Christopher “Dudus” Coke has been sentenced after being found guilty in a Manhattan court. 23 years in prison, exactly what the prosecutors in the case were asking for. See the story below.
Read the Article at HuffingtonPost
Archive for the ‘Jamaica’ Category
Posted by shadmia on June 9, 2012
Posted by shadmia on September 4, 2011
Jamaica, the country that brought the world such sportsmen like Usain Bolt and entertainers like Bob Marley also has a dark side. That dark side is represented by Christopher “Dudus” Coke.
In August 2009 the U.S. issued an international warrant seeking the extradition of Christopher Coke from Jamaica to face gun and drugs charges in the U.S. He was accused of being the leader and mastermind behind the notorious “Shower Posse” gang which was involved in the international trafficking of drugs and firearms.
For a long time the government of Jamaica resisted the request but finally, bowing to domestic and international political pressure, moved to arrest Mr. Coke in his neighborhood known as Tivoli Gardens.
The residents of Tivoli Gardens were fiercely loyal to Mr. Coke and when the police and army moved in to execute the warrant they met stiff resistance. The residents erected barricades and engaged in gun battles. The confrontation resulted in the deaths of more than 70 people and substantial property damage as the armed forces went door to door in search of Mr. Coke. In the end Christopher Dudus Coke was captured.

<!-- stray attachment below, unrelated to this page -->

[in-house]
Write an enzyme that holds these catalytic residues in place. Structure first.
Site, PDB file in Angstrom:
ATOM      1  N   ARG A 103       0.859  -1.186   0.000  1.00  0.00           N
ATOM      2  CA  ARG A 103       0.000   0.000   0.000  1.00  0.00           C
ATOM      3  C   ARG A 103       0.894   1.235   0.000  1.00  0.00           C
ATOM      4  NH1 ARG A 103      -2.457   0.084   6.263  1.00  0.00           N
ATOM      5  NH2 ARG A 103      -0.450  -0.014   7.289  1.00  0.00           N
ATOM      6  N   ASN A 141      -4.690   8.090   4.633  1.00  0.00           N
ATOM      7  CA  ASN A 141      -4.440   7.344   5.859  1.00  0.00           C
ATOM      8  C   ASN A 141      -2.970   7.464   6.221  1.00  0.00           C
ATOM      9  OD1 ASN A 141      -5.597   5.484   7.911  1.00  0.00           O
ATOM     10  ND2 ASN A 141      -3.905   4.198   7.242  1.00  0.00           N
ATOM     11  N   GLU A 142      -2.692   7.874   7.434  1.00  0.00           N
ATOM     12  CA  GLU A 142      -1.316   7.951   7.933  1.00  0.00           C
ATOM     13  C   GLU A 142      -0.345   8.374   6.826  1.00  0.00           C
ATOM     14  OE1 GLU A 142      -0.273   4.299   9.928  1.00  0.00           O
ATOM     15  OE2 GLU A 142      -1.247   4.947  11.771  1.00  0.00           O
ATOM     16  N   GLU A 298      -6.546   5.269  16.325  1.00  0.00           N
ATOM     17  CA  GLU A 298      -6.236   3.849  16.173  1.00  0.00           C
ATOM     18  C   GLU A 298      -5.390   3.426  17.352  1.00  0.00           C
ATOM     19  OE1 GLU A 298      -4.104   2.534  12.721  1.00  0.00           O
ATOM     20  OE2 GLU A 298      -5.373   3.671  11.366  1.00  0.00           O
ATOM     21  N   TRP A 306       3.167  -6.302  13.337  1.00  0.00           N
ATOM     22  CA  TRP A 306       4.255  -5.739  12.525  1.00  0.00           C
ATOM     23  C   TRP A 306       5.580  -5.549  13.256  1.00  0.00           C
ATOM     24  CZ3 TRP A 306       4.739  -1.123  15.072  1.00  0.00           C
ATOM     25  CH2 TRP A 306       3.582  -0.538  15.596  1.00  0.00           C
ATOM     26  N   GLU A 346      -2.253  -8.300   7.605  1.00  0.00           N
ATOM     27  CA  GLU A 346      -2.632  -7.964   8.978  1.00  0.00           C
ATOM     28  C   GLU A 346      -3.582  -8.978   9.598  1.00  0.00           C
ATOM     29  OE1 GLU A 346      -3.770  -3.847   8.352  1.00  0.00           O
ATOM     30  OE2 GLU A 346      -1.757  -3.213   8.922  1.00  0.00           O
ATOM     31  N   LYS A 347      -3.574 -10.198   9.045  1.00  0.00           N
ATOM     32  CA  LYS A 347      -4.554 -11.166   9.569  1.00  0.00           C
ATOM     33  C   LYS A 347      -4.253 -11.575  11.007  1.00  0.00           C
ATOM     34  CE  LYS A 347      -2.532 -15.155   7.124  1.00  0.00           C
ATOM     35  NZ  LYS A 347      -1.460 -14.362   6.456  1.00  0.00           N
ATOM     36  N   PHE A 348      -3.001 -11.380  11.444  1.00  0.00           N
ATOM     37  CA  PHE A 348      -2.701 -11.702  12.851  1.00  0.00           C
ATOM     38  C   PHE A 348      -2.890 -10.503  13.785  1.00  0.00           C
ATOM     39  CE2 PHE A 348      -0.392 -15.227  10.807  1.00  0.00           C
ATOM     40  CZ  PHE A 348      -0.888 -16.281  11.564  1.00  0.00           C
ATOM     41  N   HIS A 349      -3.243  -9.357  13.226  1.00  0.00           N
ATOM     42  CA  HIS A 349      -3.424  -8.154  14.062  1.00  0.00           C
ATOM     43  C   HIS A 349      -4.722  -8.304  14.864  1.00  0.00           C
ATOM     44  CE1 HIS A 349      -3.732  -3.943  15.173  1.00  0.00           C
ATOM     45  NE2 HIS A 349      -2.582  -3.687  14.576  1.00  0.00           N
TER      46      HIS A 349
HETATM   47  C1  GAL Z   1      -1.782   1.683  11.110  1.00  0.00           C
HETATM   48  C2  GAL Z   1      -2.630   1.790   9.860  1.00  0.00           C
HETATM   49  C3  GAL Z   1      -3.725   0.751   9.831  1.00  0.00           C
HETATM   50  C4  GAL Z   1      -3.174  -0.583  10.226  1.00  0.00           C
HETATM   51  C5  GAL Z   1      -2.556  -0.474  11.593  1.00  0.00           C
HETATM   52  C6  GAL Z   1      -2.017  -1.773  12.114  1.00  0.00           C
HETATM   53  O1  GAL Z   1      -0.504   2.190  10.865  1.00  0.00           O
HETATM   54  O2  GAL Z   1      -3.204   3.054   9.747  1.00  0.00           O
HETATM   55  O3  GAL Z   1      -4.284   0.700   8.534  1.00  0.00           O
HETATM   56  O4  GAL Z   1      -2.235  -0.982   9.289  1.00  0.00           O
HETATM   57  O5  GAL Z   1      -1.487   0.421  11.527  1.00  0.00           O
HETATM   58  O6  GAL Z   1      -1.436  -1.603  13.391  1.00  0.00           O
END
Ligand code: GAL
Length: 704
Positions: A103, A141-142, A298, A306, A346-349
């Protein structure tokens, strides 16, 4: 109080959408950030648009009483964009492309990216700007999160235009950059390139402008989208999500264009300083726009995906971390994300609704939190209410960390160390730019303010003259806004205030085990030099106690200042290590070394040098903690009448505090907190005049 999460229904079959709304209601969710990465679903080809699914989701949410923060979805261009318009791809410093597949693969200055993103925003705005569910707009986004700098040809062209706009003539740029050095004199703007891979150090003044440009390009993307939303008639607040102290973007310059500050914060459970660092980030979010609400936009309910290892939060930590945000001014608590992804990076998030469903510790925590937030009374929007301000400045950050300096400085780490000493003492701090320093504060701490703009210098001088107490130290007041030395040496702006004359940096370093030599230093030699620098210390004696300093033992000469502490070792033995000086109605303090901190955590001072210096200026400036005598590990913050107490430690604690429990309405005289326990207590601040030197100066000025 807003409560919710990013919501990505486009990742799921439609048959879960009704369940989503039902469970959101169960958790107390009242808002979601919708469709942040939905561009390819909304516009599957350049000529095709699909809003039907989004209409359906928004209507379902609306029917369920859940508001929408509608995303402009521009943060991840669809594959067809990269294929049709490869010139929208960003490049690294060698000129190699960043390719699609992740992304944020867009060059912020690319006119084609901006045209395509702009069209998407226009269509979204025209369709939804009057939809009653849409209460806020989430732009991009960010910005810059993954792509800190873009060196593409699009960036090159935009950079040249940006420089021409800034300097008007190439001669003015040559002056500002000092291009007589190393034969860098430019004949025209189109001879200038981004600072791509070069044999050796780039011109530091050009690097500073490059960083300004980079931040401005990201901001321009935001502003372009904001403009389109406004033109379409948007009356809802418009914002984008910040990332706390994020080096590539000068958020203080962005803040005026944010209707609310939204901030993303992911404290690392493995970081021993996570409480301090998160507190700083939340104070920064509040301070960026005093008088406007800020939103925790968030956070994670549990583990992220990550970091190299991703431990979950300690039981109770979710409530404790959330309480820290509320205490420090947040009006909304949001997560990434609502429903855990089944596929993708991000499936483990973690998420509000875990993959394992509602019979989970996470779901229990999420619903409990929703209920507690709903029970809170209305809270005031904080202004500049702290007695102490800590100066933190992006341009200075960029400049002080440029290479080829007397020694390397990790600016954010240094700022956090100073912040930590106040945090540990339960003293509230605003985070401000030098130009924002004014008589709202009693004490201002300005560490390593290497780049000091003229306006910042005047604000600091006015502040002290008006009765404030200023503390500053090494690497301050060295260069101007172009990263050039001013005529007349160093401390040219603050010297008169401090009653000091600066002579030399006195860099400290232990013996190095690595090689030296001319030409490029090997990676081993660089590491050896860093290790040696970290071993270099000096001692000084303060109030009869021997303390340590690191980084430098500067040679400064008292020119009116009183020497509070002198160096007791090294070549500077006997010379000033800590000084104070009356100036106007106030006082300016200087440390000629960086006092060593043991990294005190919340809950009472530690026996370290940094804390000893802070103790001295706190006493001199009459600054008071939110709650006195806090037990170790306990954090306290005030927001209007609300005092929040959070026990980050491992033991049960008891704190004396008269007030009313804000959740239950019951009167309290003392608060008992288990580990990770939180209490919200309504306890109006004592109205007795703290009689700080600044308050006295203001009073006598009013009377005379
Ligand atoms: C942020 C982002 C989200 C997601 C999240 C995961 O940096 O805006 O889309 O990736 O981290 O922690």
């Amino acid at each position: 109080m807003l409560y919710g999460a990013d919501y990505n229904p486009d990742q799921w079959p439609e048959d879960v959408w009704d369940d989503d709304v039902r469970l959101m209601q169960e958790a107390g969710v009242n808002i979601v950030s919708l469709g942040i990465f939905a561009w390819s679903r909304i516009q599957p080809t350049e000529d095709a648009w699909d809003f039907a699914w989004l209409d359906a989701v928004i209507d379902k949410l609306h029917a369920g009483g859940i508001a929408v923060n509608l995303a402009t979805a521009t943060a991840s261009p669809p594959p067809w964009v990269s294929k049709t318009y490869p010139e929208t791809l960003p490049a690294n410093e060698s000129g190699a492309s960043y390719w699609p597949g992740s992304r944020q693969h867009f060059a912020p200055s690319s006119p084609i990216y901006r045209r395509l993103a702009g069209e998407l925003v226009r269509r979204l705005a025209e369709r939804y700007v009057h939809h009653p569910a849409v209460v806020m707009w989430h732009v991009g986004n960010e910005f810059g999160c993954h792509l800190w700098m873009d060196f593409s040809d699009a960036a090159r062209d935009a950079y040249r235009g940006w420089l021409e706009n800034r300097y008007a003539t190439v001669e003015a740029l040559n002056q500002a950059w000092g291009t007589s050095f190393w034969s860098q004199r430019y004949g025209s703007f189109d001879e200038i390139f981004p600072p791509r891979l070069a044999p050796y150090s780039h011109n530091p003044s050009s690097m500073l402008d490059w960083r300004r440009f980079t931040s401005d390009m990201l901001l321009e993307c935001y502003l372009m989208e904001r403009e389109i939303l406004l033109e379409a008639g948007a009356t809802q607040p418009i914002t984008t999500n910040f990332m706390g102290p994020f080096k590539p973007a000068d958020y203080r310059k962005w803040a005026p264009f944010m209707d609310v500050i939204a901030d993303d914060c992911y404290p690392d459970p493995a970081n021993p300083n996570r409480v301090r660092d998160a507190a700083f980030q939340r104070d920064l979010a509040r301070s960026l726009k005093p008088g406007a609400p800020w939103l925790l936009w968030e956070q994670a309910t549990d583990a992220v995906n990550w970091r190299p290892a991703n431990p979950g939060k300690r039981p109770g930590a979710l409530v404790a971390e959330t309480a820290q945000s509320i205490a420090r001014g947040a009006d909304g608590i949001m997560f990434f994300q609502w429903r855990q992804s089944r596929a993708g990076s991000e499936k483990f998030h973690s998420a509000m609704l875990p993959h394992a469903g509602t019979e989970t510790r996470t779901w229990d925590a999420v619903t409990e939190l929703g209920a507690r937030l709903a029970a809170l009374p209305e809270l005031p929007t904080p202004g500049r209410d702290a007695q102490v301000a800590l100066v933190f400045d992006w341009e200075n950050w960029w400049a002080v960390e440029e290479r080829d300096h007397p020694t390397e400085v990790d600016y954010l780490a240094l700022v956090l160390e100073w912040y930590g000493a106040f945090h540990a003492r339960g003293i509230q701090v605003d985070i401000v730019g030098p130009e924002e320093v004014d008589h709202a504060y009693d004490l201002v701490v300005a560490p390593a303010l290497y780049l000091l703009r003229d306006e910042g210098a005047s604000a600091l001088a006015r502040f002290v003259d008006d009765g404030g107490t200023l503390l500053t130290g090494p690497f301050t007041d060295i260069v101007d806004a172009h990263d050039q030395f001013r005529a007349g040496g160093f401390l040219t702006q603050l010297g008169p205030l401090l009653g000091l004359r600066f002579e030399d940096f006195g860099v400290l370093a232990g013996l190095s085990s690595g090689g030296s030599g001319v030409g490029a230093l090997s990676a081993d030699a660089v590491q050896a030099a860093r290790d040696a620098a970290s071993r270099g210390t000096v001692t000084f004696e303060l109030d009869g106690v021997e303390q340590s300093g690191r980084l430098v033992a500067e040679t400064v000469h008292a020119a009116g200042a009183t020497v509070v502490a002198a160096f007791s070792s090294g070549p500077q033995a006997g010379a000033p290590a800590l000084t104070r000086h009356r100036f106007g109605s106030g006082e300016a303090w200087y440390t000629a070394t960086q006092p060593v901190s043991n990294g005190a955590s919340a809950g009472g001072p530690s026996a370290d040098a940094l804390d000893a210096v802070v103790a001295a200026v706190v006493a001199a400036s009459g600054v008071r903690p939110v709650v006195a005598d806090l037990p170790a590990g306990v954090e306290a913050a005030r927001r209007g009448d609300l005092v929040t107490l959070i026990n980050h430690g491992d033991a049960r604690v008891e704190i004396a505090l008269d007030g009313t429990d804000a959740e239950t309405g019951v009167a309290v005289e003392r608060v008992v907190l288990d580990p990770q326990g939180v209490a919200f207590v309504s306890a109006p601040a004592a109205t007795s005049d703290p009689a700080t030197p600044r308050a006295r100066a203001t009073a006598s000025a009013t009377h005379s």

In June 2010 he was extradited to the U.S. to face the charges.
On Sept. 2, 2011 Dudus pleaded guilty in a New York court to assault and racketeering charges bringing to an end a two-year international drama between Jamaica and the United States.
Sentencing is scheduled for Dec. 8, 2011 and Christopher “Dudus” Coke faces a possible 23 years in prison.
As noted in the Jamaican Gleaner, the capture and eventual incarceration of Coke was hampered by political considerations. He was not only generous to the people of his neighborhood, Tivoli Gardens, but could be depended on by the political party, the Jamaica Labour Party (JLP) to deliver the votes at election time. In fact Tivoli Gardens is the seat in Parliament of the current Prime Minister, Bruce Golding, who was reluctant to issue the arrest warrant in the first place.
Christopher Coke personifies the kind of threat to the security and democracy of small and vulnerable countries like Jamaica. Control of large amounts of resources, illicitly derived notwithstanding, endow gangsters with the capacity to corrupt the political process and to control many levers of the State by proxy. Indeed, Coke’s activities – and the criminal machinations of others – were an open secret in Jamaica.
The newspaper also noted that perhaps Jamaica owes a debt of gratitude to the U.S. for pursuing Christopher Coke, since murders and serious crime have plummeted since his capture and it would have been difficult, if not impossible, for the Jamaican authorities to have him tried and convicted locally.